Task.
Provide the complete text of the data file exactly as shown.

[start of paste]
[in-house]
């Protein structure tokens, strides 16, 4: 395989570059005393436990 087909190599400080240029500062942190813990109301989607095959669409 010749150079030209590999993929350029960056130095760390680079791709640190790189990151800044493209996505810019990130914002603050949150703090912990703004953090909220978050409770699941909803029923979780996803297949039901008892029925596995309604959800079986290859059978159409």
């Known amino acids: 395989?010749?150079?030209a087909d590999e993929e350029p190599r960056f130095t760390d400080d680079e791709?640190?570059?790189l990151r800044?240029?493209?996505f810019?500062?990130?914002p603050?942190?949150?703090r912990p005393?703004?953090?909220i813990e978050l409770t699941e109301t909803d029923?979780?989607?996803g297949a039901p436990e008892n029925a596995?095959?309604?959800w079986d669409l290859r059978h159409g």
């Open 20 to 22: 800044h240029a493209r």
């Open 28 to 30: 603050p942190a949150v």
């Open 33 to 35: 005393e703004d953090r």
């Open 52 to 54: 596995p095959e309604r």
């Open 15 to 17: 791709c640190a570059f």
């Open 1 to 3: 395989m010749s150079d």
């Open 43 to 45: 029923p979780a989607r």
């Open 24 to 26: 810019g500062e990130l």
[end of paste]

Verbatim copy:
[in-house]
């Protein structure tokens, strides 16, 4: 395989570059005393436990 087909190599400080240029500062942190813990109301989607095959669409 010749150079030209590999993929350029960056130095760390680079791709640190790189990151800044493209996505810019990130914002603050949150703090912990703004953090909220978050409770699941909803029923979780996803297949039901008892029925596995309604959800079986290859059978159409």
């Known amino acids: 395989?010749?150079?030209a087909d590999e993929e350029p190599r960056f130095t760390d400080d680079e791709?640190?570059?790189l990151r800044?240029?493209?996505f810019?500062?990130?914002p603050?942190?949150?703090r912990p005393?703004?953090?909220i813990e978050l409770t699941e109301t909803d029923?979780?989607?996803g297949a039901p436990e008892n029925a596995?095959?309604?959800w079986d669409l290859r059978h159409g």
């Open 20 to 22: 800044h240029a493209r």
């Open 28 to 30: 603050p942190a949150v």
């Open 33 to 35: 005393e703004d953090r």
């Open 52 to 54: 596995p095959e309604r």
């Open 15 to 17: 791709c640190a570059f």
């Open 1 to 3: 395989m010749s150079d």
């Open 43 to 45: 029923p979780a989607r």
């Open 24 to 26: 810019g500062e990130l």